It's half USB Key, half Adafruit QT Py, and a lotta RP2040...it's Trinkey QT2040, the circuit board with an RP2040 heart and Stemma QT legs. Folks are loving the QT Py 2040 we made, but maybe you want something plug-and-play. So we thought, hey what if we made something like that plugs right into your computer's USB port? And this is what we came up with!

The PCB is designed to slip into any USB A port on a computer or laptop. There's an RP2040 microcontroller on board with just enough circuitry to keep it happy. There's an RGB NeoPixel, a reset and bootloader or user button and a STEMMA QT Port on the end. That's it!

With the body of the board being 1.0" x 0.7" and four mounting holes, you can attach just about any of our QT boards right on (some are a little larger, so just check that it has the holes in the same locations). Use M2.5 sized standoffs and screws to do so, you could use 2 diagonal at a minimum. Then use a shorty QT cable and you've got a custom sensor Trinkey for any sensor purpose.

The board comes with 8 MB of QSPI flash memory so you can put all of our CircuitPython drivers on the disk!

Plug-and-play STEMMA QT

One of the stars of this board is our favorite connector - the STEMMA QT, a chainable I2C port that can be used with any of our STEMMA QT sensors and accessories. Having this connector means you don't need to do any soldering to get started.

What can you pop into the QT port? How about OLEDsInertial Measurment UnitsSensors a-plenty. All plug-and-play thanks to the innovative chainable design: SparkFun Qwiic-compatible STEMMA QT connectors for the I2C bus so you don't even need to solder. Just plug in a compatible cable and attach it to your MCU of choice, and you’re ready to load up some software and measure some light.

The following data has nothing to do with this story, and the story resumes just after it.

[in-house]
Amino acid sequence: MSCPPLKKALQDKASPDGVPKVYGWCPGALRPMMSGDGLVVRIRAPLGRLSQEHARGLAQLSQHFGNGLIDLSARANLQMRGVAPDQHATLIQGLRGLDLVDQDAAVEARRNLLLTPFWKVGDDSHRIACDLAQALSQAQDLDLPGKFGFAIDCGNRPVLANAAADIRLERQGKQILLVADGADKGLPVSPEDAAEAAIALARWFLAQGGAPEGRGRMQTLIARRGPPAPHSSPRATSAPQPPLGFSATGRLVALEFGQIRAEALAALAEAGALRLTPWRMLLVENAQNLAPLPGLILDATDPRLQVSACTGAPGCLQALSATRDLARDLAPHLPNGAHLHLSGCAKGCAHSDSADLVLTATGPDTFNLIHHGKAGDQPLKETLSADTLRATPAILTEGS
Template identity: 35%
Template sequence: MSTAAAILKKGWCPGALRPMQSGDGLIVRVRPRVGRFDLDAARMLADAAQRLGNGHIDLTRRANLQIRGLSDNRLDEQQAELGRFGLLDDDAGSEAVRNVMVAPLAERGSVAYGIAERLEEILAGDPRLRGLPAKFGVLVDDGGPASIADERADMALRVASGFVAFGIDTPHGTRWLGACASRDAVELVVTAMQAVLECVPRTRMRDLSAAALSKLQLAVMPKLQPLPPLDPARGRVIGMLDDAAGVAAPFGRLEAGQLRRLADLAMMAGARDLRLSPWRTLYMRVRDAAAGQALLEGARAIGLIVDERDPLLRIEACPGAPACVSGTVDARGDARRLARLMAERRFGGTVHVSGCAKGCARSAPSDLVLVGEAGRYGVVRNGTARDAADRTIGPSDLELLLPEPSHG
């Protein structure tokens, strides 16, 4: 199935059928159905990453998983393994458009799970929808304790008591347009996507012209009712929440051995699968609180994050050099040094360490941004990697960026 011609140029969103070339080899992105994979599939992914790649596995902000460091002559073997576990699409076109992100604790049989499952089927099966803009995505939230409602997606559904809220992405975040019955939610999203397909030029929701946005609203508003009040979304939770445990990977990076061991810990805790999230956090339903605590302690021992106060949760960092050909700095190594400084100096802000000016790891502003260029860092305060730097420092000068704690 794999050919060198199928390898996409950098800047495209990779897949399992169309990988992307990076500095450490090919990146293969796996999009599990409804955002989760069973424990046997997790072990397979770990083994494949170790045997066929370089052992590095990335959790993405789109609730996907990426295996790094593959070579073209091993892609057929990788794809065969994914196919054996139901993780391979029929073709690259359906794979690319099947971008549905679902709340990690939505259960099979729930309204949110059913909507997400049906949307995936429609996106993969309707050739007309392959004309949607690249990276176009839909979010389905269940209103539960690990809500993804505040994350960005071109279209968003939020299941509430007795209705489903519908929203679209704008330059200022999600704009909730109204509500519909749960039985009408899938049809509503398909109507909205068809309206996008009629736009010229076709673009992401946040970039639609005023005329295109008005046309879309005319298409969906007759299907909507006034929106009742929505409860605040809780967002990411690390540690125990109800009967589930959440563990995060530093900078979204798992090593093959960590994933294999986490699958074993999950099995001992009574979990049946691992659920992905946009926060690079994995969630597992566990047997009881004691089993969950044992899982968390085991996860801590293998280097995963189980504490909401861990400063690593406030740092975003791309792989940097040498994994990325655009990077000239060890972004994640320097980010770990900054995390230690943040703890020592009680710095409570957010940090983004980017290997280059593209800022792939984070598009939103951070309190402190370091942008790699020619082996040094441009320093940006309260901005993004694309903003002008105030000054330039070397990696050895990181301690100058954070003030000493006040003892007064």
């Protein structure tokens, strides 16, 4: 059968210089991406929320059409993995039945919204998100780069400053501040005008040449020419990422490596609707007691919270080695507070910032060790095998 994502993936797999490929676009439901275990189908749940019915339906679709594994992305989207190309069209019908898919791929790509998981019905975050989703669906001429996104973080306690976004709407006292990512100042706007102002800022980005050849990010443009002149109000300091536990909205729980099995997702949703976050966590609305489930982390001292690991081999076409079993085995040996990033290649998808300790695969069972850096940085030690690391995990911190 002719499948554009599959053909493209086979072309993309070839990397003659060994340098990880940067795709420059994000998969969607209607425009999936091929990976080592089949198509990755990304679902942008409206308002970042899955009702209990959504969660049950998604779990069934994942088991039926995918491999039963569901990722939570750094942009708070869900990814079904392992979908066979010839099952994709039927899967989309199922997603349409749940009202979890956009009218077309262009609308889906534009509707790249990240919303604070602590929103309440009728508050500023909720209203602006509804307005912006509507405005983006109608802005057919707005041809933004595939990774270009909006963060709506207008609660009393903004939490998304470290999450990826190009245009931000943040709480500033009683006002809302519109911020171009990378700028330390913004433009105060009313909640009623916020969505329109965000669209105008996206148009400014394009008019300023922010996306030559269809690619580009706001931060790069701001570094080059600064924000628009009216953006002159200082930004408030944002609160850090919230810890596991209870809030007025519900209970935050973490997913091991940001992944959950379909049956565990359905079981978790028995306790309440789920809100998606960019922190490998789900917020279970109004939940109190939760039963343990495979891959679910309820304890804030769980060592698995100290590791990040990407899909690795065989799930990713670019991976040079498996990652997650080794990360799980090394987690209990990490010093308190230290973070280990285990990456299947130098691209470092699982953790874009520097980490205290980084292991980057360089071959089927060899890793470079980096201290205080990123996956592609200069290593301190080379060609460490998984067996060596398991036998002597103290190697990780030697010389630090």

Use any SparkFun Qwiic boards! Seeed Grove I2C boards will also work with this adapter cable.

  • Main body is same size/mounting holes as most of our Stemma QT boards (1.0" x 0.7" with M2.5 holes)
  • USB Type A connector with extra-thick PCB to fit into a USB host port
  • RP2040 32-bit Cortex M0+ dual-core running at ~125 MHz @ 3.3V logic and power
  • 264 KB RAM
  • 8 MB SPI FLASH chip for storing files and CircuitPython/MicroPython code storage. No EEPROM
  • Native USB supported by every OS - can be used as USB serial console, MIDI, Keyboard/Mouse HID, even a little disk drive for storing Python scripts.
  • Can be used with MicroPython or CircuitPython
  • Built-in RGB NeoPixel LED
  • STEMMA QT / Qwiic port for I2C connectivity
  • 3.3V regulator with 600mA peak output
  • 12 MHz crystal
  • Both Reset button and Bootloader select buttons for quick restarts (no unplugging-replugging to relaunch code)
  • Bootloader button can also be safely used in 'user' code

About the RP2040

Inside the RP2040 is a 'permanent ROM' USB UF2 bootloader. What that means is when you want to program new firmware, you can hold down the BOOT button while plugging it into USB (or pulling down the RUN/Reset pin to ground) and it will appear as a USB disk drive you can drag the firmware onto. Folks who have been using Adafruit products will find this very familiar - we use the technique on all our native-USB boards. Just note you don't double-click reset, instead hold down the BOOT button during boot to enter the bootloader!

The RP2040 is a powerful chip, which has the clock speed of our M4 (SAMD51), and two cores that are equivalent to our M0 (SAMD21). Since it is an M0 chip, it does not have a floating point unit or DSP hardware support - so if you're doing something with heavy floating point math, it will be done in software and thus not as fast as an M4. For many other computational tasks, you'll get close-to-M4 speeds!

This guide was first published on Jun 23, 2021. It was last updated on 2021-06-24 13:02:45 -0400.

This page (Overview) was last updated on Sep 08, 2021.

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